7 Closing Techniques and Why They Work

BY Tim Londergan
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Salespeople have been forced to operate in an unusual way the last 18 months. They had to build and maintain relationships without meeting prospects in person. They found ways to break through the clutter of a COVID-​stricken- world, and then, if they got far enough in the discovery process, they may have had the opportunity to offer the CLOSE! When your reps work hard to get to that critical point, they deserve to be rewarded with success. That’s why you should coach them on these seven closing techniques and why they work.

  • Urgency Close
  • Value Close
  • Concession Close
  • Question Close
  • Assumptive Close
  • Takeaway Close
  • Value Wedge Close

7 Closing Techniques and Why They Work

  1. Urgency Close: Find a legitimate, pressing issue or opportunity related to your product and the solution it will provide. Once your reps have helped their prospect understand it's in their best interest to purchase as soon as possible, they can work with them to figure out the exact terms.
  2. Value Close: Summarize the value and benefits of previously agreed-​upon points into one impressive package. This way, reps are helping their prospect visualize what they're truly getting out of the deal.
  3. Concession Close: Negotiation happens in the sales process. Teach your reps to learn to use this technique to their advantage. Offer points of concession, but only if they can finalize the sale that same day. Obviously, the concession the prospect is requesting has to be reasonable.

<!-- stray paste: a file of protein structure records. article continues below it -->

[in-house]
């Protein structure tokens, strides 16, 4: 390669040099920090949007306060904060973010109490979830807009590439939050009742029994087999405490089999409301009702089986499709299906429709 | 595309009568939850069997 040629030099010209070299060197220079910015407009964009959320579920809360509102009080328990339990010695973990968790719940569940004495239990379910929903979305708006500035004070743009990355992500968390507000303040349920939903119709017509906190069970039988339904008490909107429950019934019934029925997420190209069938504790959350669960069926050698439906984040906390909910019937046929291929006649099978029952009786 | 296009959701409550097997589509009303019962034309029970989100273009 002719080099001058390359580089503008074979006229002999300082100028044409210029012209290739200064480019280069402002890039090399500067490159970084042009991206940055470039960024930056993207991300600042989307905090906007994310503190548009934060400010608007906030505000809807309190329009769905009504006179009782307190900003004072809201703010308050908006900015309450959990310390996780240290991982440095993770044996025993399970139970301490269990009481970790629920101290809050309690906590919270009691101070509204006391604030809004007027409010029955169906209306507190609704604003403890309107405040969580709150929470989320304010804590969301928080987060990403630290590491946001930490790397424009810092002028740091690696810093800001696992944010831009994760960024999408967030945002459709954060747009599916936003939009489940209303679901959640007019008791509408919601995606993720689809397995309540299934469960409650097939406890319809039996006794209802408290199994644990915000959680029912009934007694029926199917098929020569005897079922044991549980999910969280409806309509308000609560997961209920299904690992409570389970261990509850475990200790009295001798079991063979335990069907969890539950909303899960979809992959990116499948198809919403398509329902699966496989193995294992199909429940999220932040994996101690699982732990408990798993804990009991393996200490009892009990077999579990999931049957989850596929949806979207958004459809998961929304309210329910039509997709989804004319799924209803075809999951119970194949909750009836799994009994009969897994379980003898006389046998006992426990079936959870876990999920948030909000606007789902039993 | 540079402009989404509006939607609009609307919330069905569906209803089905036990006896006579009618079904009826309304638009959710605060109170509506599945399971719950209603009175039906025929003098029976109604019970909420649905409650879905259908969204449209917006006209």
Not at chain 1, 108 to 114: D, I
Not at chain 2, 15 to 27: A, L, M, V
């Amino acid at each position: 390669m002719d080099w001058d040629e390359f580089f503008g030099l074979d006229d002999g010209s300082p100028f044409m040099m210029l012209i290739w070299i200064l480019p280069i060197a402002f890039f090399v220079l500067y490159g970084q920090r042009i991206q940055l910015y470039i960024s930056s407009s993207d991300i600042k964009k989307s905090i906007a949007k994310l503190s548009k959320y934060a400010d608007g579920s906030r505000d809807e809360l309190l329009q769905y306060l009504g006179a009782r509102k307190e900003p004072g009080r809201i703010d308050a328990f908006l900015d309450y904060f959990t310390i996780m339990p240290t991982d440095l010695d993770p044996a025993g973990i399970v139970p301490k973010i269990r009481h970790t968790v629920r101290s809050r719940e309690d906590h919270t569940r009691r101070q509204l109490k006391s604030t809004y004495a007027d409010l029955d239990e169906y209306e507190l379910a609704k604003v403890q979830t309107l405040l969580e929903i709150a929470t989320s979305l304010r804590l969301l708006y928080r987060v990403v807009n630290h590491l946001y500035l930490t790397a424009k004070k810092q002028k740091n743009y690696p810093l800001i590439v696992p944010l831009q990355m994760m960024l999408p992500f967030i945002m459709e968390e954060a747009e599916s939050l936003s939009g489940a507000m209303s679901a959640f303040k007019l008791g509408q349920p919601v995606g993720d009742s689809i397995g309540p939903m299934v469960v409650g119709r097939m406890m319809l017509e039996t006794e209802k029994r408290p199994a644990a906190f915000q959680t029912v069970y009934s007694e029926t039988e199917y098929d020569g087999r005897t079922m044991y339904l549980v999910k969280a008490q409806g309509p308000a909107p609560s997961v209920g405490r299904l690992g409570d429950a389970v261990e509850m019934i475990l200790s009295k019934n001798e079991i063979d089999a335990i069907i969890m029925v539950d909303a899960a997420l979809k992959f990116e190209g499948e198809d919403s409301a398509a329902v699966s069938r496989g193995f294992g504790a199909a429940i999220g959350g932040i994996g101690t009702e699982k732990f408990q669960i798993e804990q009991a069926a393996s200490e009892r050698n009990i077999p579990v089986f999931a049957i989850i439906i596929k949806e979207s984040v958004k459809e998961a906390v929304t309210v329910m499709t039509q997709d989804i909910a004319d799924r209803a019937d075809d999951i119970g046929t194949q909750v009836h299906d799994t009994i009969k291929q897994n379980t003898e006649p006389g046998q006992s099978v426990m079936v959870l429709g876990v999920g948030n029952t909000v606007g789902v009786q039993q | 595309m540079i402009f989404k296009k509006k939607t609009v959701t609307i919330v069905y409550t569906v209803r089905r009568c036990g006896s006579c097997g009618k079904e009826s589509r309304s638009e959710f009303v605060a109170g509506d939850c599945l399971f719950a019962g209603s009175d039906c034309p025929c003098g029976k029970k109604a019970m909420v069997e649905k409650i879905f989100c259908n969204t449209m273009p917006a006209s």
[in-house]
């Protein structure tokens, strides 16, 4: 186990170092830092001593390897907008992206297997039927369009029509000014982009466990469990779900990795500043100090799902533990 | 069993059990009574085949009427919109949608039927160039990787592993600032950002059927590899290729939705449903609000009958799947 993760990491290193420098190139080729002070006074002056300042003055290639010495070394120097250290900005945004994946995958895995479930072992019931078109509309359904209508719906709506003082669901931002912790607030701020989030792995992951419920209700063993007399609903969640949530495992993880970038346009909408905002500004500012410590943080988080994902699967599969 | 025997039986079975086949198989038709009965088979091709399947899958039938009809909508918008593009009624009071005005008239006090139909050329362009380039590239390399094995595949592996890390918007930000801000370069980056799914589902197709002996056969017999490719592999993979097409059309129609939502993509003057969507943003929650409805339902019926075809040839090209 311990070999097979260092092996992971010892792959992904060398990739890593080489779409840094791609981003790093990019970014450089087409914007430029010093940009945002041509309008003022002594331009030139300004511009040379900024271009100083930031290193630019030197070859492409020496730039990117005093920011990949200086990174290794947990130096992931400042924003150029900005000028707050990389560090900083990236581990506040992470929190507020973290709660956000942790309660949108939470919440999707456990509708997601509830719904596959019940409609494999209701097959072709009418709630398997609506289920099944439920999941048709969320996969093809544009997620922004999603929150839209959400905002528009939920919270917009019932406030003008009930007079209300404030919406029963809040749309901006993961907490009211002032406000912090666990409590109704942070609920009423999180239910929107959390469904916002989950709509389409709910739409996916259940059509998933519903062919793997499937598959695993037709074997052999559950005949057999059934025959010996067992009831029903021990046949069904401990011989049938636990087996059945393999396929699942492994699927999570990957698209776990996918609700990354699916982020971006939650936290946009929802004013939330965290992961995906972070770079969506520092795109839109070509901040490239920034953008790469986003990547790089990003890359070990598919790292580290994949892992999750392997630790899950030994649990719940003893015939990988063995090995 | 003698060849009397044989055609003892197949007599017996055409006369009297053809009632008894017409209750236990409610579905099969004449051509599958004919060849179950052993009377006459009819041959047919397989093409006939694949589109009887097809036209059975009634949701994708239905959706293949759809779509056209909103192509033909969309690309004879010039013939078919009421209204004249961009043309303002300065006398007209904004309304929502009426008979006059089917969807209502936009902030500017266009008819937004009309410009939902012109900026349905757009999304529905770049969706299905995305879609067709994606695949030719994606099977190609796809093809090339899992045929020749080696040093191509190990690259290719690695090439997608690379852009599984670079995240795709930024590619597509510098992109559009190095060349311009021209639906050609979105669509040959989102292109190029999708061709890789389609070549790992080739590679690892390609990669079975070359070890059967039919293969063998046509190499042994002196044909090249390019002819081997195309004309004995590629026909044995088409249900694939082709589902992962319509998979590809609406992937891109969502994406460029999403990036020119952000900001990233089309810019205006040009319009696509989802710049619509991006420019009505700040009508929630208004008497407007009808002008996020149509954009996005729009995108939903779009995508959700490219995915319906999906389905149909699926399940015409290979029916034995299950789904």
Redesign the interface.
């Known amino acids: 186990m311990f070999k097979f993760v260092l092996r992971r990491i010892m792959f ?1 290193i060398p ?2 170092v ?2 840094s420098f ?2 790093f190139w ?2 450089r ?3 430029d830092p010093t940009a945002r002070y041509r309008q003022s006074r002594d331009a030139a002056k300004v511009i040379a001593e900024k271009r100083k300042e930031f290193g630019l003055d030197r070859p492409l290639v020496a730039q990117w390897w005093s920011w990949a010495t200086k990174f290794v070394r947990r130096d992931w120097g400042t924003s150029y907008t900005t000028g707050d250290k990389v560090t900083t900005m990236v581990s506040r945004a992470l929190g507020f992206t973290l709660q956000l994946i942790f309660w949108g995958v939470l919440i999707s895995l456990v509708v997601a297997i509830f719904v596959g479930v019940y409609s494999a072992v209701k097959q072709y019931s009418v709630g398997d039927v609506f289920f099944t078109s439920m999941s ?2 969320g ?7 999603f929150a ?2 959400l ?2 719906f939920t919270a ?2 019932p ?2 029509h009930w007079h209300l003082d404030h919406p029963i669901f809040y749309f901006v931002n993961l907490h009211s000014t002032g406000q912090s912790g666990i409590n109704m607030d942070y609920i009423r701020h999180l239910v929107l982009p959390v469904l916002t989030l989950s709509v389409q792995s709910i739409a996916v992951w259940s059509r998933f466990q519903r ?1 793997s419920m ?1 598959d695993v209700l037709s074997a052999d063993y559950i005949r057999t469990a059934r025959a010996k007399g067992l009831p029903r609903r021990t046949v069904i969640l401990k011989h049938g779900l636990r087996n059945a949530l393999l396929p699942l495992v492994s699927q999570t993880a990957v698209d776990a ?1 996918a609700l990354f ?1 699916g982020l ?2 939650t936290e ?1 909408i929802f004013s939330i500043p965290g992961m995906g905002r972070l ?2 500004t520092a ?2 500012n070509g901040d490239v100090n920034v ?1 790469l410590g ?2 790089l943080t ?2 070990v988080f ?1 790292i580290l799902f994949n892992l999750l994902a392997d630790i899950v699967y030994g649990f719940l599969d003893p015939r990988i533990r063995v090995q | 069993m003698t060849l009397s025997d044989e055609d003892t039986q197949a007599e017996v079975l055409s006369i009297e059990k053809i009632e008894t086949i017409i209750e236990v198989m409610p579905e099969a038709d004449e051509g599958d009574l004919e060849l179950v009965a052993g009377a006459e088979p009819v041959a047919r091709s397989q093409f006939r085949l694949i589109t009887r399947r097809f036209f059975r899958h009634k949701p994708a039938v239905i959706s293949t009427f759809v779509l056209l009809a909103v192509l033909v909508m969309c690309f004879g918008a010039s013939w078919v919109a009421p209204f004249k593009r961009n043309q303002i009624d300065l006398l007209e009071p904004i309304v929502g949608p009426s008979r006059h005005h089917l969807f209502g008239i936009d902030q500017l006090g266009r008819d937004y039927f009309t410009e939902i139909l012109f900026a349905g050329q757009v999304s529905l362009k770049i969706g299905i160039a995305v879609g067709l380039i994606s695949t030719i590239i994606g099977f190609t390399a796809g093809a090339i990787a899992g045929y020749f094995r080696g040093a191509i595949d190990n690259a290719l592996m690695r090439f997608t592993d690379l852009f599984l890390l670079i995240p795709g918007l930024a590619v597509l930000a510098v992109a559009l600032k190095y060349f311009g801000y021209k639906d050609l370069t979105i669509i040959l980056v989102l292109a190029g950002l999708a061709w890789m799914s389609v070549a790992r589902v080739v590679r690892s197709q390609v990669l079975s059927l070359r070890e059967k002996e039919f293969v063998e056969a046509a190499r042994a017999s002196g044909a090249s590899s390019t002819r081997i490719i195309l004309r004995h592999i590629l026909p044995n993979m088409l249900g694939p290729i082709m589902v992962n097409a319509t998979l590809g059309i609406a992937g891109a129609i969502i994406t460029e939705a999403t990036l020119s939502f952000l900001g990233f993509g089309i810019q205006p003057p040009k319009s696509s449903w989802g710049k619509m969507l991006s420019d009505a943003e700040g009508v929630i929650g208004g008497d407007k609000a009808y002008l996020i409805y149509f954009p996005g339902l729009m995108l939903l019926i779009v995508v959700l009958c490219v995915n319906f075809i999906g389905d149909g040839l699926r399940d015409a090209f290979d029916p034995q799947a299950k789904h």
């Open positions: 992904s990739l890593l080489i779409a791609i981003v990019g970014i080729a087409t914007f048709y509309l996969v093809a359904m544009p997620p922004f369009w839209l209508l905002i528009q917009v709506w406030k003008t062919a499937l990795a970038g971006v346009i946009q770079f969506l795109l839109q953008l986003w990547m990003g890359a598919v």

4. Question Close: Questions are wonderful tools to get at underlying obstacles and unknown objections. The question allows your reps to discover whether the prospect is sold on your product while keeping the door open for further selling. In my selling career, I have always found that research is a sales rep's best friend in preparing the question close.
  5. Assumptive Close: The power of positive thinking and presenting the next step is the way to craft this close. Here, your reps should frame the language they use as they’re ending their pitch in a way that assumes the deal is done. For example, “What delivery date would you like?”
  6. Takeaway Close: This is a psychological maneuver that has the prospect visualizing a key component of your product that has gone missing. Reps will find this approach particularly useful if prospects are balking on price. The takeaway may just be the key to getting discounts off the table.
  7. Value Wedge Close: In an article for Corporate Visions, Tim Riesterer observes that most B2B salespeople admit that there can be as much as 70% overlap between their solutions and what the competitors offer. So rather than trying to sell your solution from the ground up, your reps should focus instead on the 30% of your offering that’s different from others you’re going up against – aka, your “value wedge.” This focus helps your rep's pitch stand out from others who are pitching generic benefits for relatively similar products or services.

Closing involves strategy and patience. Just like the experienced fisherman who knows when to set the hook, timing is everything. Your reps must lay critical groundwork. And they must focus on what the prospect needs and why. Coach your reps on how to listen for pain points, pick up extensive knowledge of the industry, demonstrate the value of your product, and firmly establish their credibility. These steps are overtures to closing the deal.